As a follow-up to this post at the Scene, I should make a few clarifications. I don’t like, and generally try not to use, the word isolationist, because the word is pretty much meaningless and leads to all sorts of misunderstandings. The word isolationist is inherently pejorative and is an extremely loaded term, and moreover there are not actually any real isolationists yesterday, today or at any other time. These figures are the bogeys of progressive globalists. They are to domestic foreign and trade policy debate what “Nazi” and “fascist” are to descriptions of foreign governments targeted by Washington: convenient props to be used to justify current policy and tar opponents with words with strong negative associations. Like these latter attacks on foreign governments, the terms “protectionist” and “isolationist” reflect the time warp and warped sense of history that progressive globalists of both parties share, in which it is perpetually the 1930s, the next Hitler is always on the rise and they must, like FDR and Churchill, boldly resist their domestic foes to prevent catastrophe, yadda yadda yadda.
As Pat Buchanan said last week:
Isolationist is an epithet used to smear those patriots who adhere to Washington’s admonition to stay out of foreign wars, Jefferson’s counsel to seek “peace, commerce and honest friendship with all nations, entangling alliances with none” and John Quincy Adams’s declaration that America “goes not abroad, in search of monsters to destroy.”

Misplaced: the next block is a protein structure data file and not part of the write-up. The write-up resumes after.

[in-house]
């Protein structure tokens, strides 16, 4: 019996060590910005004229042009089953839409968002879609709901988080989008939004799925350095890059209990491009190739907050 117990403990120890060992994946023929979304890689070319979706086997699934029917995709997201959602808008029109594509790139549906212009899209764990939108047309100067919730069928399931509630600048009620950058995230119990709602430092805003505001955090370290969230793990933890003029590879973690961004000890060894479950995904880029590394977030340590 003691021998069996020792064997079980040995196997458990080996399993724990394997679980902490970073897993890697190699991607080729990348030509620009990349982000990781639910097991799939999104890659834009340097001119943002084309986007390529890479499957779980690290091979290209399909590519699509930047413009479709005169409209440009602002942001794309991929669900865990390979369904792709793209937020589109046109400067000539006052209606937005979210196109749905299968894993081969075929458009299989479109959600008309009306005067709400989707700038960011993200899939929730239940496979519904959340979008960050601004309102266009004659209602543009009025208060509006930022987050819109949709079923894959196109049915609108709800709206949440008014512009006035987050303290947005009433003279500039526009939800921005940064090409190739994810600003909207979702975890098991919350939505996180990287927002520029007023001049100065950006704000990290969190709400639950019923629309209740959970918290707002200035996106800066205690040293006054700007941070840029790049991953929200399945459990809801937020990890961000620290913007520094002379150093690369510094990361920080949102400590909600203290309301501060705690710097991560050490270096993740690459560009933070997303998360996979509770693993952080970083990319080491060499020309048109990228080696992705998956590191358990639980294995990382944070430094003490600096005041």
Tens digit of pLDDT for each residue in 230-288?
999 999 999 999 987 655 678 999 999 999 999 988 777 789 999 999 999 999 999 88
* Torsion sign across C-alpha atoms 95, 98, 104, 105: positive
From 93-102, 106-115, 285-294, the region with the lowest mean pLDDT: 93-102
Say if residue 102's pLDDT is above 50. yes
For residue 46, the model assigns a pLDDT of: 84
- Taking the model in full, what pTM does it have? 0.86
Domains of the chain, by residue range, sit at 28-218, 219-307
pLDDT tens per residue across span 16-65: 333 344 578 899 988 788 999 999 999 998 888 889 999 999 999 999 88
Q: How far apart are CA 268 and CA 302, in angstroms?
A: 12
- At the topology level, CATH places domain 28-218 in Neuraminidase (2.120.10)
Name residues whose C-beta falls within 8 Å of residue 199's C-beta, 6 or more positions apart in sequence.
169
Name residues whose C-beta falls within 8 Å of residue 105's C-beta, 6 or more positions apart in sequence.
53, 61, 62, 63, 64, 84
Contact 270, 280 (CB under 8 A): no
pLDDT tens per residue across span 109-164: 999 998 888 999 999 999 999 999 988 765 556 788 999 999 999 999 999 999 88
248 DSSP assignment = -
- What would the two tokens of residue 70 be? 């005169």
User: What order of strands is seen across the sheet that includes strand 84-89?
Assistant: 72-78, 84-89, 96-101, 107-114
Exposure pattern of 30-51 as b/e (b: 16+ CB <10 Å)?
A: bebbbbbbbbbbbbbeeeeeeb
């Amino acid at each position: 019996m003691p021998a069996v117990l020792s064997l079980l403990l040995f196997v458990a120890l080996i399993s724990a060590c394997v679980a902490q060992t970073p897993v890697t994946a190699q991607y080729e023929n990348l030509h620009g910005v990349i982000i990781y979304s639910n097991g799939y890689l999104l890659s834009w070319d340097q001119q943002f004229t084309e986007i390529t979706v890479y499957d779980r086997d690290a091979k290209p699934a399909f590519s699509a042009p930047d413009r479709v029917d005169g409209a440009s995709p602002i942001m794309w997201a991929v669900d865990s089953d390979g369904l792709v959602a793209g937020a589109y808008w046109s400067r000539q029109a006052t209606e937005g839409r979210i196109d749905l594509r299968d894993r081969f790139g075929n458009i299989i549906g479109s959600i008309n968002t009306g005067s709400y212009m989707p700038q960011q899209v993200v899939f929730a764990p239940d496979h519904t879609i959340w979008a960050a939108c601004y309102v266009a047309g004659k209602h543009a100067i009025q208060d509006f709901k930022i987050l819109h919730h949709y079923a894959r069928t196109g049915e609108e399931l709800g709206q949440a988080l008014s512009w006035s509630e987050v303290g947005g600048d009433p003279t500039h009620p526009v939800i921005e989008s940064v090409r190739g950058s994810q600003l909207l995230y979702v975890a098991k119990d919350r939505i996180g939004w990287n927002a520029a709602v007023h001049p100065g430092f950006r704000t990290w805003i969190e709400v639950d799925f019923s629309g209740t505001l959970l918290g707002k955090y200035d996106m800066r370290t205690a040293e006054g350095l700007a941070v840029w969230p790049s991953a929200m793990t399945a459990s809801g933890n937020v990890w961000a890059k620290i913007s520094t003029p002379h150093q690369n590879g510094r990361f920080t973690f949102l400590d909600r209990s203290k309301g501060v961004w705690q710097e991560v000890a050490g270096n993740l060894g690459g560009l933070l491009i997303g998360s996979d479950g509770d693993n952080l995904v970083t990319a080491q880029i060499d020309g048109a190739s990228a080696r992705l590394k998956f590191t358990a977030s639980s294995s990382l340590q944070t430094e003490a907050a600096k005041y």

Now it is true that there is a strong sentiment, especially in the Democratic Party, that we should “mind our own business” in the world, and there is a strong backlash against free trade agreements. What is remarkable, then, is not that the Democratic presidential candidates have been touting their antiwar and anti-NAFTA positions in an election year, but that they are still broadly extremely interventionist and supportive of free trade generally. As on the right, you cannot actually find any living, breathing isolationists on the left; you might find some protectionists, but the are clearly not in charge of anything. In this sense, Lieberman is going overboard by trying to make a much narrower disagreement over Iraq into the occasion for declaring that the Democratic Party left him, and not vice versa. The problem isn’t that the Democratic Party has really turned away from the hawkish internationalism of the past, but mainly that Lieberman is so hawkish that he feels compelled to support every use of force regardless of whether it continues to make sense to do so. However, the broader shift of the party to the left is real and it is a good development from the perspective of the progressives who are winning the internecine fights.